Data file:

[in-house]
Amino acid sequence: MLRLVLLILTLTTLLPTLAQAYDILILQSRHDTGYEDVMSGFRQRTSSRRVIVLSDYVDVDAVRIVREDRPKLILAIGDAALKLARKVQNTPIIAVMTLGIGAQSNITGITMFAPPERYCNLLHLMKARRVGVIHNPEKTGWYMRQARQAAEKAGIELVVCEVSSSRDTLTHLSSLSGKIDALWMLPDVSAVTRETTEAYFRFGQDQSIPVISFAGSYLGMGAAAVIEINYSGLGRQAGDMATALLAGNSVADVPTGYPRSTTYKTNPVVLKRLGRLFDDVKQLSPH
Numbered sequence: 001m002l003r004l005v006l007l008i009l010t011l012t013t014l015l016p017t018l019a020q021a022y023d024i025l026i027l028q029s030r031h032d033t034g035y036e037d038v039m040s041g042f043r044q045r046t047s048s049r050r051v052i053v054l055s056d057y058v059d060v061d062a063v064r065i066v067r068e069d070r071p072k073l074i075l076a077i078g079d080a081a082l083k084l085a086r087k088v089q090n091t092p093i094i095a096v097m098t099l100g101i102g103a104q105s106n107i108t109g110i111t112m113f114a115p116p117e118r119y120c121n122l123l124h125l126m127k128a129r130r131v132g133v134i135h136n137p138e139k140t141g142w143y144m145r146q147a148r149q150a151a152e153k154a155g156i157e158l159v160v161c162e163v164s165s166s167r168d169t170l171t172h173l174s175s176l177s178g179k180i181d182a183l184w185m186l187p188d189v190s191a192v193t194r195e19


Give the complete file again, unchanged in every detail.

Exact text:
[in-house]
Amino acid sequence: MLRLVLLILTLTTLLPTLAQAYDILILQSRHDTGYEDVMSGFRQRTSSRRVIVLSDYVDVDAVRIVREDRPKLILAIGDAALKLARKVQNTPIIAVMTLGIGAQSNITGITMFAPPERYCNLLHLMKARRVGVIHNPEKTGWYMRQARQAAEKAGIELVVCEVSSSRDTLTHLSSLSGKIDALWMLPDVSAVTRETTEAYFRFGQDQSIPVISFAGSYLGMGAAAVIEINYSGLGRQAGDMATALLAGNSVADVPTGYPRSTTYKTNPVVLKRLGRLFDDVKQLSPH
Numbered sequence: 001m002l003r004l005v006l007l008i009l010t011l012t013t014l015l016p017t018l019a020q021a022y023d024i025l026i027l028q029s030r031h032d033t034g035y036e037d038v039m040s041g042f043r044q045r046t047s048s049r050r051v052i053v054l055s056d057y058v059d060v061d062a063v064r065i066v067r068e069d070r071p072k073l074i075l076a077i078g079d080a081a082l083k084l085a086r087k088v089q090n091t092p093i094i095a096v097m098t099l100g101i102g103a104q105s106n107i108t109g110i111t112m113f114a115p116p117e118r119y120c121n122l123l124h125l126m127k128a129r130r131v132g133v134i135h136n137p138e139k140t141g142w143y144m145r146q147a148r149q150a151a152e153k154a155g156i157e158l159v160v161c162e163v164s165s166s167r168d169t170l171t172h173l174s175s176l177s178g179k180i181d182a183l184w185m186l187p188d189v190s191a192v193t194r195e19